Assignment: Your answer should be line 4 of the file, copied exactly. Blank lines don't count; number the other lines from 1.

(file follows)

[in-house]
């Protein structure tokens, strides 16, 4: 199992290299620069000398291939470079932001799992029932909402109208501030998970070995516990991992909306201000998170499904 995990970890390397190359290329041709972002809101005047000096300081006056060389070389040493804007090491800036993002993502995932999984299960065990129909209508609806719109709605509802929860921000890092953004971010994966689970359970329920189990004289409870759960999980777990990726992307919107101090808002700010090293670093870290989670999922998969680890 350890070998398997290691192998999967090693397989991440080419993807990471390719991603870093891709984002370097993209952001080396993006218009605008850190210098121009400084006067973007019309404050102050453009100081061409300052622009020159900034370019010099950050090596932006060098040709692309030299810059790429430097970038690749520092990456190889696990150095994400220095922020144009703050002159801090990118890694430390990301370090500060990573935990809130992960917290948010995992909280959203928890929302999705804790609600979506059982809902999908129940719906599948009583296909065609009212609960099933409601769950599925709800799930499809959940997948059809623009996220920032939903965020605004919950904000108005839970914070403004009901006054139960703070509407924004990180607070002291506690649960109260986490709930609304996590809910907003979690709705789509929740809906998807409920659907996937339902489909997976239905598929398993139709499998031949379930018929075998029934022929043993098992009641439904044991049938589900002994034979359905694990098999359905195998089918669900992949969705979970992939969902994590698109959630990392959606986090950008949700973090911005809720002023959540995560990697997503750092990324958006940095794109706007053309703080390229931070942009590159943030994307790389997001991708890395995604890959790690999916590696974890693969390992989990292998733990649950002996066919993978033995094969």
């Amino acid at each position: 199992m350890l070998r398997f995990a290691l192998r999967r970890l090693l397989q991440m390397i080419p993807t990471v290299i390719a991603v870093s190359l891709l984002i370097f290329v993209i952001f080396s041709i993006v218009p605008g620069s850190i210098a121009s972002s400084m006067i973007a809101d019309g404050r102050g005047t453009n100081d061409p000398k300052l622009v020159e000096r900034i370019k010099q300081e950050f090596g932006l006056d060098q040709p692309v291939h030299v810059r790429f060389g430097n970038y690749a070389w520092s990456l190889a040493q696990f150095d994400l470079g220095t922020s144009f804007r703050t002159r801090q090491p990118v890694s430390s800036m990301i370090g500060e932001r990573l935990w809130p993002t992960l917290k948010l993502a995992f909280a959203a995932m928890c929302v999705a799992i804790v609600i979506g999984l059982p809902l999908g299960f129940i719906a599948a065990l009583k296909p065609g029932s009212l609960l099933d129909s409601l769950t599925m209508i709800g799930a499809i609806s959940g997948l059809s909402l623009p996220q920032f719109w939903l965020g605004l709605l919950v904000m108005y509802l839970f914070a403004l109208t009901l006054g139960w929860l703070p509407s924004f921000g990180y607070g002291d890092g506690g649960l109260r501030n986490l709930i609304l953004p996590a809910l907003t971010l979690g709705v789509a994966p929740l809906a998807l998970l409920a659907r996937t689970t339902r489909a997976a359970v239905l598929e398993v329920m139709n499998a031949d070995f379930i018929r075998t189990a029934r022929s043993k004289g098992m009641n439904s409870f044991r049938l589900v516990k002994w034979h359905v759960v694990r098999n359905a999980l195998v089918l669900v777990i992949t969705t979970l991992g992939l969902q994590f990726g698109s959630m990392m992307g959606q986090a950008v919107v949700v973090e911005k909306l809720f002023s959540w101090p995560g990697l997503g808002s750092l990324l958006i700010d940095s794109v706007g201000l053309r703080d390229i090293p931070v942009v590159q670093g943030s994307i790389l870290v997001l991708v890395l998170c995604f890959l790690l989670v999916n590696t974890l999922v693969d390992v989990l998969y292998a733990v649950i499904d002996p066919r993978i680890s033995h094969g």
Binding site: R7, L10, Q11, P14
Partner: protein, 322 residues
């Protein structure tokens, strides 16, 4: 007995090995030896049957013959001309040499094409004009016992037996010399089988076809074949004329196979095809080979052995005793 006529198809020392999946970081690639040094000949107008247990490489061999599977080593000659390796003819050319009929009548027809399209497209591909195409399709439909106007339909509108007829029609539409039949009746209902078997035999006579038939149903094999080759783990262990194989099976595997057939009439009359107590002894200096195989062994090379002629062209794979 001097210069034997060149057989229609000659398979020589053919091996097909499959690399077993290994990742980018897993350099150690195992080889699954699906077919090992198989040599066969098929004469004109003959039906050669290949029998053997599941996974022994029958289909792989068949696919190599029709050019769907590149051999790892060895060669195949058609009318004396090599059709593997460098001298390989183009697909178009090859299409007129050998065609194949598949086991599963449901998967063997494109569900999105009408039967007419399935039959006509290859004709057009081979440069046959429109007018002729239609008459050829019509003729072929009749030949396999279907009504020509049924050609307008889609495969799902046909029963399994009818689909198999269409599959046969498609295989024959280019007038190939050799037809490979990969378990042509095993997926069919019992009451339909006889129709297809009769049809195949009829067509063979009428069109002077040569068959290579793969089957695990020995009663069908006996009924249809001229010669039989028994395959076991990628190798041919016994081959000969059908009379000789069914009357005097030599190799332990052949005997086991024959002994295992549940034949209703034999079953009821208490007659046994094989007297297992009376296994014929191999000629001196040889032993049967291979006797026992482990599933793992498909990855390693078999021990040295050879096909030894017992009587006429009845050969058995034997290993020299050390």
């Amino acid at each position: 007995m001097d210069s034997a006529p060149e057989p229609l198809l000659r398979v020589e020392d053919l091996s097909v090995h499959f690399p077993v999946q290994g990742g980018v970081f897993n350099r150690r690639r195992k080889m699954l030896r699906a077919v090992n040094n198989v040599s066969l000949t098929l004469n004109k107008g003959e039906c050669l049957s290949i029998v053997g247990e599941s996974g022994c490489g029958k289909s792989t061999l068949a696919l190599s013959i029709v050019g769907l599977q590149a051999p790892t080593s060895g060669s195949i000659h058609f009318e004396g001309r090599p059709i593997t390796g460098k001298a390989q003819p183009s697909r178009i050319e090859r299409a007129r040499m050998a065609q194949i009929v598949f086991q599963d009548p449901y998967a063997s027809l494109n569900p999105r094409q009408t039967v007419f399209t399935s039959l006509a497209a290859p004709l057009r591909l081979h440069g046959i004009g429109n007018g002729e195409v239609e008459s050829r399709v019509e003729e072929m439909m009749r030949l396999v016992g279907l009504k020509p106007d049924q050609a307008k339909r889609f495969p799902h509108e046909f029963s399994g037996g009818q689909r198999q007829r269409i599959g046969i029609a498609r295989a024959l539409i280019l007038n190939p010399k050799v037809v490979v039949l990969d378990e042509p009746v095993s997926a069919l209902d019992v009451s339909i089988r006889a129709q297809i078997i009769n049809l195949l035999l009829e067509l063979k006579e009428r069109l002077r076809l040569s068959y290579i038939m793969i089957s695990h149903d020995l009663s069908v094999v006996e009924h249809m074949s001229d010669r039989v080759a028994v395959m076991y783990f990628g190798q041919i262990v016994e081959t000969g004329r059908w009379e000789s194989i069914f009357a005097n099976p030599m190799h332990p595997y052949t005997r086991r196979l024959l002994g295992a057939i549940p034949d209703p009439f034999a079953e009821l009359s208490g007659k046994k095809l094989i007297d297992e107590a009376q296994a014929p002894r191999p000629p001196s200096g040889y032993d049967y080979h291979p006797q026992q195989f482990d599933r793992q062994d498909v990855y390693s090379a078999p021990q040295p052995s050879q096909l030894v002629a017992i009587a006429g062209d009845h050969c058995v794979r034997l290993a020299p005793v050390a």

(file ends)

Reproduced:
Binding site: R7, L10, Q11, P14